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Resist COVID-19 Scapegoating Politics – OpEd


India’s total Covid19 cases since the pandemic began swept past 25 million on May 24, 2021 as the country registered more than 300.000 coronavirus deaths. Experts warn that both the number of deaths and total reported cases are likely vast undercounts.

And the virus of scapegoating due to fear and anxiety is spreading as well. UN Secretary-General Antonio Guterres has called for an “all-out effort” to end the “tsunami of hate and xenophobia, scapegoating and scaremongering,”. Guterres said: “Anti-foreigner sentiment has surged online and in the streets. Anti-Semitic conspiracy theories have spread and COVID-19-related anti-Muslim attacks have occurred.”

Scapegoating refers to the human tendency to blame someone else for one’s own economic, social or personal problems, a process that often comes from already existing feelings of prejudice toward the group that one is blaming.

Scapegoating serves as an opportunity to publicly vent one’s own frustrations, rage and hate, while ignoring one’s own failures or misdeeds and maintaining one’s positive self-image.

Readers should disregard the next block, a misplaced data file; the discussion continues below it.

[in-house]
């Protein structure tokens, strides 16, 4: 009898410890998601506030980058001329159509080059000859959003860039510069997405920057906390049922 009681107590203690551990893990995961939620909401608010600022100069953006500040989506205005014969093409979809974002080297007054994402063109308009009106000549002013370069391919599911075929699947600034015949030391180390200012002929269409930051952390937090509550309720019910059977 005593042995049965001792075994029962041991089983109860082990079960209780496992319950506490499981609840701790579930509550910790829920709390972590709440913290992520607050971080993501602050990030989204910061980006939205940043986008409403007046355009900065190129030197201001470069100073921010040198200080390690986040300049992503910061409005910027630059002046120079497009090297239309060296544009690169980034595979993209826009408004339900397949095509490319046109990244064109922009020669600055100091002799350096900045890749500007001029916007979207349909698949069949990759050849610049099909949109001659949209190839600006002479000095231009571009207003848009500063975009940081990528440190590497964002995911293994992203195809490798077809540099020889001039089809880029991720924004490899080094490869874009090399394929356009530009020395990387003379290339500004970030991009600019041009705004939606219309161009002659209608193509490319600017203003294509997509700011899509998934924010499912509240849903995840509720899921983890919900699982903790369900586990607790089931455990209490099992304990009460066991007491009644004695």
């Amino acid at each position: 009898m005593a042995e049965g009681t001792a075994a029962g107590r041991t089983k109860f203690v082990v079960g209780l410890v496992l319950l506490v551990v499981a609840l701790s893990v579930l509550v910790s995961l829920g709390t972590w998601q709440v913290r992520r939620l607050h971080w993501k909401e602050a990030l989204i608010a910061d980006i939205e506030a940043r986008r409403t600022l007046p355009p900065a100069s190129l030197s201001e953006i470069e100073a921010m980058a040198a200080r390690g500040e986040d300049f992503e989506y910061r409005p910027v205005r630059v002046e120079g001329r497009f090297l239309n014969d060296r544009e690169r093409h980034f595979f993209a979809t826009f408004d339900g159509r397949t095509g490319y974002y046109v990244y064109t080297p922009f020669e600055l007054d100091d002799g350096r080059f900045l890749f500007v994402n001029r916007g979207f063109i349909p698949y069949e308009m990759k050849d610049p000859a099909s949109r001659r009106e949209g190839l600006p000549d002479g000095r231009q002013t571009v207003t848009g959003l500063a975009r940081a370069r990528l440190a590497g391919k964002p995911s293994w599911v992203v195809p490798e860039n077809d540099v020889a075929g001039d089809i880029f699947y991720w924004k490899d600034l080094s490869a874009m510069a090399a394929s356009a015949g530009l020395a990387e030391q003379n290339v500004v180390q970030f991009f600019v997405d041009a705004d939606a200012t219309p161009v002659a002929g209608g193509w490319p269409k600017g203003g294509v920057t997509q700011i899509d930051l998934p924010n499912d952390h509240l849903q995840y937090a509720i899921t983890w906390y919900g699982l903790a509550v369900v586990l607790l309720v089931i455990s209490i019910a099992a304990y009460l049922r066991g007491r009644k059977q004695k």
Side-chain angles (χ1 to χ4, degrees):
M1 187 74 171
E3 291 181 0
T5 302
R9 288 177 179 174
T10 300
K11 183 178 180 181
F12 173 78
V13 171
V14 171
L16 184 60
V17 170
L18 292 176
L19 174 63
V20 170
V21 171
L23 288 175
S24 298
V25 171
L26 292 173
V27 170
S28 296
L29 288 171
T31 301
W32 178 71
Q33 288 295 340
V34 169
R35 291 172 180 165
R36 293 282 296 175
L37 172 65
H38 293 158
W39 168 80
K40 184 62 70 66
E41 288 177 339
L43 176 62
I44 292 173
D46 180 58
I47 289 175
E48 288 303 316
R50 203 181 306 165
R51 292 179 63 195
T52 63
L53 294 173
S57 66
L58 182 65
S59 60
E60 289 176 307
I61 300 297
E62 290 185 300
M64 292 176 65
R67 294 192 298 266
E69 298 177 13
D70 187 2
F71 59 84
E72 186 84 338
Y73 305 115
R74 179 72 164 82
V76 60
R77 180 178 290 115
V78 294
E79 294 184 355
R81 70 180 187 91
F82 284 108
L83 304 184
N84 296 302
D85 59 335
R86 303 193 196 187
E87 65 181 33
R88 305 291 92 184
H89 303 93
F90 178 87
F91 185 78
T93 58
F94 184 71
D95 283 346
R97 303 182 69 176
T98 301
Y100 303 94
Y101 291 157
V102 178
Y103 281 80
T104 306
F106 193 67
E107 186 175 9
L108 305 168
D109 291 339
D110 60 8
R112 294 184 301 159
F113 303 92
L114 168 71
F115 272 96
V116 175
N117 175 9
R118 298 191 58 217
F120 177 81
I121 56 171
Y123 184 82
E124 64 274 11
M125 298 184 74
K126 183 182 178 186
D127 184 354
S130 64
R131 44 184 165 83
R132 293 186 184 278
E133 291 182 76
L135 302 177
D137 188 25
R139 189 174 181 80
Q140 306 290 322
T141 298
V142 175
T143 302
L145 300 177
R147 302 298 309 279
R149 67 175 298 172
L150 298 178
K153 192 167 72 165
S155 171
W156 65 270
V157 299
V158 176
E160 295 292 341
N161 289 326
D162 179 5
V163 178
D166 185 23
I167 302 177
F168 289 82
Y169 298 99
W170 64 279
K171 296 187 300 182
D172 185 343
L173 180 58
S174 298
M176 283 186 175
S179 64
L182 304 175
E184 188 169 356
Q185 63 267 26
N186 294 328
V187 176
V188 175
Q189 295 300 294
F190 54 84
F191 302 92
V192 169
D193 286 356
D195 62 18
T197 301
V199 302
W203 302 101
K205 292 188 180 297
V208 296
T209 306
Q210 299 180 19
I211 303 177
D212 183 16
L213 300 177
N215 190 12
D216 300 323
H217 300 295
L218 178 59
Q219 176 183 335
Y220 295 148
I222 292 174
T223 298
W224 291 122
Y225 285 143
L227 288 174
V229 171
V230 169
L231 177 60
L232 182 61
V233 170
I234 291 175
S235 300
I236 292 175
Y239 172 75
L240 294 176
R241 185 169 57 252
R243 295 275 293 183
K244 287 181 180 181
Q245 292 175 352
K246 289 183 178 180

What makes otherwise rational people buy into conspiracy theories and unfounded rumors about those they consider to be outsiders?

People with certain personality traits are much more likely to believe in conspiracy theories. For example. a Yahoo News/YouGov poll, found that 44 percent of American Republicans believe Bill Gates is plotting to use the mass COVID-19 vaccination campaign as a pretext to implant microchips in billions of people and monitor their movements. This a widely debunked conspiracy theory with no basis in fact.

And in the UK according to research conducted by clinical psychologists at Oxford University; 60% of adults believe to some extent that the British government is misleading the UK public about the cause of the virus; 20% believe to some extent that the virus is a hoax; and almost 20 percent of adults in England believe that Jews created the coronavirus for financial gain.